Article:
“The number of women in the PR industry has consistently increased over the years and it continues to grow. At entry levels, the ratio of female to male hires today is approximately 3:1, as per a recent PR Week Article. Despite this, the gender stereotypes in the industry glare at you. The age-old one that overrides, of course, is ascribing female PR practitioners as ‘good looking and trivial, small-talk weapons’ to manage client and media relations. As a result, a large number of them are confined to roles and to domains such as fashion or lifestyle perceived to be women-centric. Women PR professionals should work towards breaking this image by increasing their domain knowledge and more importantly, by engaging in conversations focused on such subjects with peers, media and clients alike.
The other sad reality is that despite a large number of women in the industry, few emerge and sustain at senior leadership levels and roles in organizations. While there are multiple larger factors including the perception issue of the business value that women in leadership roles bring to the table, maternity and family-work balance continues to be a big roadblock for many young, capable women at mid-levels, just when they are at the turning point of their careers. Undoubtedly, this is a phase that needs to be handled as per an individuals’ comfort, however, women should stop two things- planning for it much in advance & slowing down and talking about it or posing it as a constraint extensively and more than required. I have seen women stretch, remain flexible and contribute as effectively as their male counterparts but they create this as an obstacle in their growth themselves, simply because they are talking about it at work all the time with the hope of setting expectations, despite working equally hard!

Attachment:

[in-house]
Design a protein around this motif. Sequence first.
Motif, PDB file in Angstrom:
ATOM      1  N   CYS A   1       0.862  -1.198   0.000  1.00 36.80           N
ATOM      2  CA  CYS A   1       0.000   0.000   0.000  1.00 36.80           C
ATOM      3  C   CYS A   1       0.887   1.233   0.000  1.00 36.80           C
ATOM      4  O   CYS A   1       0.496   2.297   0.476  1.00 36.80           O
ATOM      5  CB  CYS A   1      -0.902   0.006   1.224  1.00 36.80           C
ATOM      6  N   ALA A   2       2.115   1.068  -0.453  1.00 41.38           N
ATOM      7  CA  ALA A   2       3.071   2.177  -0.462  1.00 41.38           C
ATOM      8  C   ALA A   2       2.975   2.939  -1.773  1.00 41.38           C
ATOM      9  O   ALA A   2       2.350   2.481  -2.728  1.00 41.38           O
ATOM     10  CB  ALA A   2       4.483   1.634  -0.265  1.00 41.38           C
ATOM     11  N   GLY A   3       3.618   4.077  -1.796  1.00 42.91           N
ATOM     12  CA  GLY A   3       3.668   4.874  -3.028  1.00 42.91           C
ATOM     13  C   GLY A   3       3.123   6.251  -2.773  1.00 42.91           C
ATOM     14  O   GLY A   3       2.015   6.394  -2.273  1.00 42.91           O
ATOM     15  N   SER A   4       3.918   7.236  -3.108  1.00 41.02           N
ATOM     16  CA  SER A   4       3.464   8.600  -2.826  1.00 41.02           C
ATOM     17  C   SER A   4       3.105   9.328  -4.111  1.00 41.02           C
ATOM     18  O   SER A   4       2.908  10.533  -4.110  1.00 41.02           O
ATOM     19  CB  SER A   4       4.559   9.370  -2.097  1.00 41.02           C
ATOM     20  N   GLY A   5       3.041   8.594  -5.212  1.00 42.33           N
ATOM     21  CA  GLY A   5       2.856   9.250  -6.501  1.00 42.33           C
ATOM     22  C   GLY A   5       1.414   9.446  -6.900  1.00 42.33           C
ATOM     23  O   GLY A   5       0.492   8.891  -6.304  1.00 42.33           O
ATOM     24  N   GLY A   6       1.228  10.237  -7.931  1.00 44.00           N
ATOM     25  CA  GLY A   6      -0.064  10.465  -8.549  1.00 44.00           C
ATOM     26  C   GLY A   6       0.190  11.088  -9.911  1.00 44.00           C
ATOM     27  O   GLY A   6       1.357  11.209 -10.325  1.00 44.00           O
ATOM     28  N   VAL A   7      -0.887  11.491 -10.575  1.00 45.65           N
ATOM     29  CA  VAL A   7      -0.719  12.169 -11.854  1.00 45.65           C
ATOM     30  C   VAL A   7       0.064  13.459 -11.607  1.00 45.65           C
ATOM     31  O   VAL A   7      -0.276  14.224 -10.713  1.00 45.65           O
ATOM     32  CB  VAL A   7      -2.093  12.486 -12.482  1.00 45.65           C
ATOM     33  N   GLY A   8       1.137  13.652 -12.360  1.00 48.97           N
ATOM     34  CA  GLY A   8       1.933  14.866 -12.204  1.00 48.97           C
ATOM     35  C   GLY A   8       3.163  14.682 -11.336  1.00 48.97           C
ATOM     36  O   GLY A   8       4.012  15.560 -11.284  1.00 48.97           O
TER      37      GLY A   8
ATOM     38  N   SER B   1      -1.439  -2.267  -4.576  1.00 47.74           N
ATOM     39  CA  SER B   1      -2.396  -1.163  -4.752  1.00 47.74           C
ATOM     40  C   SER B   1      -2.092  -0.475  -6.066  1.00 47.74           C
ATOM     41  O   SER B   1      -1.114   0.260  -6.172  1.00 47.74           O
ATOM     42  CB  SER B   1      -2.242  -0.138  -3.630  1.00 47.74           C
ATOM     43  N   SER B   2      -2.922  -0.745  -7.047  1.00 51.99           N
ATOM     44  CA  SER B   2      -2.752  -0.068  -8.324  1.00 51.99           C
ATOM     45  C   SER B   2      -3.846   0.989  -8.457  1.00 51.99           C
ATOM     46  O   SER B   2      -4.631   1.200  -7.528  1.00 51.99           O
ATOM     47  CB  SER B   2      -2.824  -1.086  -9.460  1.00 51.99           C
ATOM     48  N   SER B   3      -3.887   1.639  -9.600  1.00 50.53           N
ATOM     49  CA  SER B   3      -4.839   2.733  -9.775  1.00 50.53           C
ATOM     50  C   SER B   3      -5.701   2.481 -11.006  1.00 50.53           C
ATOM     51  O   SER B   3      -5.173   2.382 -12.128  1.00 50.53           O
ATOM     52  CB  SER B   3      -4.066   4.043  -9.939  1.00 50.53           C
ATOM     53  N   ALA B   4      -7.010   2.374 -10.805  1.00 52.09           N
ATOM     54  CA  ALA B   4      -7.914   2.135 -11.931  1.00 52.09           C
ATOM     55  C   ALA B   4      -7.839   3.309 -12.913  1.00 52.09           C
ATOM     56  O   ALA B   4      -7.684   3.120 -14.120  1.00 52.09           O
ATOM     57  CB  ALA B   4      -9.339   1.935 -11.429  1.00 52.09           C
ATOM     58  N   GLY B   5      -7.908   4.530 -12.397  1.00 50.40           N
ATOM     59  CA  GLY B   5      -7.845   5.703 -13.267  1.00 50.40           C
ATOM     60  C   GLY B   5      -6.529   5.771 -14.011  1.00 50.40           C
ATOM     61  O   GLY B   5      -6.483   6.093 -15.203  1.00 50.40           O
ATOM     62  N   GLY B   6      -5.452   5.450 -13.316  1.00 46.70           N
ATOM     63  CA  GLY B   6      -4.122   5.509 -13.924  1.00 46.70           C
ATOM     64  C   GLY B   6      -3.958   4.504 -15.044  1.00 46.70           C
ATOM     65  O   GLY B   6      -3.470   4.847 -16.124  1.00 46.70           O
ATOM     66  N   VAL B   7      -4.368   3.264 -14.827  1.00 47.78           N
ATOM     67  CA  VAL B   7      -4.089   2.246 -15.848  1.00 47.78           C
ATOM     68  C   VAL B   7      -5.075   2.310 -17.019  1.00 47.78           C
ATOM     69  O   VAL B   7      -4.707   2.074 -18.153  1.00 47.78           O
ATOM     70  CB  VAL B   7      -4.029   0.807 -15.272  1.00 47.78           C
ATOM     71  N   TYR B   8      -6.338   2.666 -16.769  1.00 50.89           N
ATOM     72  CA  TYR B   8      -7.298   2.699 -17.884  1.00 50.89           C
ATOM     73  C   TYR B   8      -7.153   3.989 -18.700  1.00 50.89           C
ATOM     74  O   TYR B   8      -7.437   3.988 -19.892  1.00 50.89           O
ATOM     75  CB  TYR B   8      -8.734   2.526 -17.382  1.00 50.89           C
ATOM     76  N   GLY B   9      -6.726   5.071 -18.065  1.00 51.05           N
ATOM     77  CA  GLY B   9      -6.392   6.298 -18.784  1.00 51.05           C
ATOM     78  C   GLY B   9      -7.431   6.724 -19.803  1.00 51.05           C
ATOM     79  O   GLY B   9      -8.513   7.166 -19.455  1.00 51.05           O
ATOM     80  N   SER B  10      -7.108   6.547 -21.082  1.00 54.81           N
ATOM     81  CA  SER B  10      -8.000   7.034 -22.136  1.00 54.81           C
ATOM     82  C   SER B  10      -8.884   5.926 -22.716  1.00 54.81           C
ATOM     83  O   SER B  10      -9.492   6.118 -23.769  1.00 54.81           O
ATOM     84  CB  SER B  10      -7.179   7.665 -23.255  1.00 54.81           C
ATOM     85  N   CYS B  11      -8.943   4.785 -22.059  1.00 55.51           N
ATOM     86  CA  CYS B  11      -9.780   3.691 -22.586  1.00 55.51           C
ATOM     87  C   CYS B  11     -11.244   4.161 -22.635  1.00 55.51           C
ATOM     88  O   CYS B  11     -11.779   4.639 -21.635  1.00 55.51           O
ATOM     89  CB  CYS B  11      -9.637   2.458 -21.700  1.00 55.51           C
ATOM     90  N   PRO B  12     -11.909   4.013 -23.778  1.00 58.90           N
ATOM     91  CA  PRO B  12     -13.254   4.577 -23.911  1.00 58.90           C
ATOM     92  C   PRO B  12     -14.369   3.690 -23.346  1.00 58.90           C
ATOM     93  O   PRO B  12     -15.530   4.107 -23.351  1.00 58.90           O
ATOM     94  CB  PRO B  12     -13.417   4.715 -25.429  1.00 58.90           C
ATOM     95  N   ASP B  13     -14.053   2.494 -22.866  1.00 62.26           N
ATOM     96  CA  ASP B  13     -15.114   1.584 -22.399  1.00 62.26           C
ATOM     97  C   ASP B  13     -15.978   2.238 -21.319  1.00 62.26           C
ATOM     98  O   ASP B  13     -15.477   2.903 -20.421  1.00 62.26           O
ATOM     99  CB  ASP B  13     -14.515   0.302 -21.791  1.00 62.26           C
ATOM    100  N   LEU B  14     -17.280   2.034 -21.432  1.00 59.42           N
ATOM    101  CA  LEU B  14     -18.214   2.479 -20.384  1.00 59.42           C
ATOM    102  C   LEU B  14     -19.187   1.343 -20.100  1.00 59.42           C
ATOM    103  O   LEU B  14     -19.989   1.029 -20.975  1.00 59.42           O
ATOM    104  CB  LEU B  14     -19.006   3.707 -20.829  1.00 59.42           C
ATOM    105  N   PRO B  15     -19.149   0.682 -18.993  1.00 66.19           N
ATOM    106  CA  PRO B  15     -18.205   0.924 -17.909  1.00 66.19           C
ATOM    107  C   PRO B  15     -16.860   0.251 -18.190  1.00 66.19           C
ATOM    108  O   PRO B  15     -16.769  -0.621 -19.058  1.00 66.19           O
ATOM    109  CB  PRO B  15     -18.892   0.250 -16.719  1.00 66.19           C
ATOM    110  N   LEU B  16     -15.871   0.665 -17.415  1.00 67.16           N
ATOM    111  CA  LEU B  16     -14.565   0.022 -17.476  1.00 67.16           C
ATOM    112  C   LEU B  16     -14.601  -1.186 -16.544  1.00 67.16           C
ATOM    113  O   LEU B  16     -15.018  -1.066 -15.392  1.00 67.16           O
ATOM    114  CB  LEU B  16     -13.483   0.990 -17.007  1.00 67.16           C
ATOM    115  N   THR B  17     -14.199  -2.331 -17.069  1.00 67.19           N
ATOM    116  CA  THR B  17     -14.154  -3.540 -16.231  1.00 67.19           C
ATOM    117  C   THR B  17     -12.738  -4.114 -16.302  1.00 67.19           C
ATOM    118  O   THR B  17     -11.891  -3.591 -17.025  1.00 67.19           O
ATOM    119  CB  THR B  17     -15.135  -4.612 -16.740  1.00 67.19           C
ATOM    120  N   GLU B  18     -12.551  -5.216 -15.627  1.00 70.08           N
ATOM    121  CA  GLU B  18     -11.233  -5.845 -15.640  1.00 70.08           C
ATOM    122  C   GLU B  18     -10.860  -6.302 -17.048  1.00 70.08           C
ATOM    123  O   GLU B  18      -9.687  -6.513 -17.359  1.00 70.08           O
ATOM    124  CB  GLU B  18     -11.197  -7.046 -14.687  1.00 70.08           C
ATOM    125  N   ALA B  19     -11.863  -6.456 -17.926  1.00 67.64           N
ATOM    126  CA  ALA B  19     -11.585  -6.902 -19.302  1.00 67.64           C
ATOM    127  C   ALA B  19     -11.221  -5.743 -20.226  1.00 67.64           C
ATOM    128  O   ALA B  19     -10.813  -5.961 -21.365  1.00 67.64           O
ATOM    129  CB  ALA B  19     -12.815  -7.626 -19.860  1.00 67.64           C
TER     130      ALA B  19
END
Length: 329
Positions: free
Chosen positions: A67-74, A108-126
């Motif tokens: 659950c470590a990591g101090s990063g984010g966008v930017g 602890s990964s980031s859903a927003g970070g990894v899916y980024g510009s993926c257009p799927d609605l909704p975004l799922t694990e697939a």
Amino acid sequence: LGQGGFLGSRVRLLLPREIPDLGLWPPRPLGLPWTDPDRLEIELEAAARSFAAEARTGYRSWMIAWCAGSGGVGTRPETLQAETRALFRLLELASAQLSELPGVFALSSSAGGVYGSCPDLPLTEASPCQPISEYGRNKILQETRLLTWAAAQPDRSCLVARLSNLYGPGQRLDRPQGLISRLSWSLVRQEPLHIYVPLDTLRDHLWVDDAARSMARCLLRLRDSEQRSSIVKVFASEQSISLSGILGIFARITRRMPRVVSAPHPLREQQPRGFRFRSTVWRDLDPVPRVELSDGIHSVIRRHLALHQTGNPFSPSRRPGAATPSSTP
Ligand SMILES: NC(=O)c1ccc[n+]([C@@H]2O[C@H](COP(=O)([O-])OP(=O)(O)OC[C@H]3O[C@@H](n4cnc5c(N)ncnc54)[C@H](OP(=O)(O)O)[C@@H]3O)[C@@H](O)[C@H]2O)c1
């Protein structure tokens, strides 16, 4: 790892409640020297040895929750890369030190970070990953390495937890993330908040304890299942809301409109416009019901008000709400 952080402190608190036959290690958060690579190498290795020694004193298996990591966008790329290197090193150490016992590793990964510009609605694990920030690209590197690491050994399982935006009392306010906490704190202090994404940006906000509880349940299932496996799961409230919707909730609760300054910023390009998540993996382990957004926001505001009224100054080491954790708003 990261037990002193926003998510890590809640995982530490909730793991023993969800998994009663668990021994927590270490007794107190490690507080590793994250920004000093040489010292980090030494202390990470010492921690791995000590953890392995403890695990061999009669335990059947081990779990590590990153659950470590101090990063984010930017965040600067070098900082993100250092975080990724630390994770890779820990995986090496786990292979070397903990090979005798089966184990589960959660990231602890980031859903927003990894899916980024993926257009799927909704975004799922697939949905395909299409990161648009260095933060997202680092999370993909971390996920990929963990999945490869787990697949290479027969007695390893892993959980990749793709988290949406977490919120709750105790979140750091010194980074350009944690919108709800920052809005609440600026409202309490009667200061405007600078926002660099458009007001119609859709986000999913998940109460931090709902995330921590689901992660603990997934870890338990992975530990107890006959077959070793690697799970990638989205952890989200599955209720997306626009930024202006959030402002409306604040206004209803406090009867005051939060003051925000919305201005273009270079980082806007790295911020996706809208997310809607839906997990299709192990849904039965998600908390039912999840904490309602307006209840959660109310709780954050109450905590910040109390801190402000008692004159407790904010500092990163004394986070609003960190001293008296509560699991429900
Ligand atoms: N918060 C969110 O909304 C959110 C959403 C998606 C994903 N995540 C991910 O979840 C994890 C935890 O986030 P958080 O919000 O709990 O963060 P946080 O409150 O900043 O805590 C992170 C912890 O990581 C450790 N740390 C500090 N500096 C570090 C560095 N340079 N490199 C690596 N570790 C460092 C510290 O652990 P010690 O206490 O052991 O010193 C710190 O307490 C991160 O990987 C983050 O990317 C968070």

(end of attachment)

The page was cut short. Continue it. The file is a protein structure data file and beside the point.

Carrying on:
The PR industry would definitely benefit by breaking these and other smaller gender stereotypes, enabling us to tap into quality talent better.”
This article was first published in MediaNews4U.com‘s Women Leaders Decode #BreakingStereotypes Series. Click here to read the complete article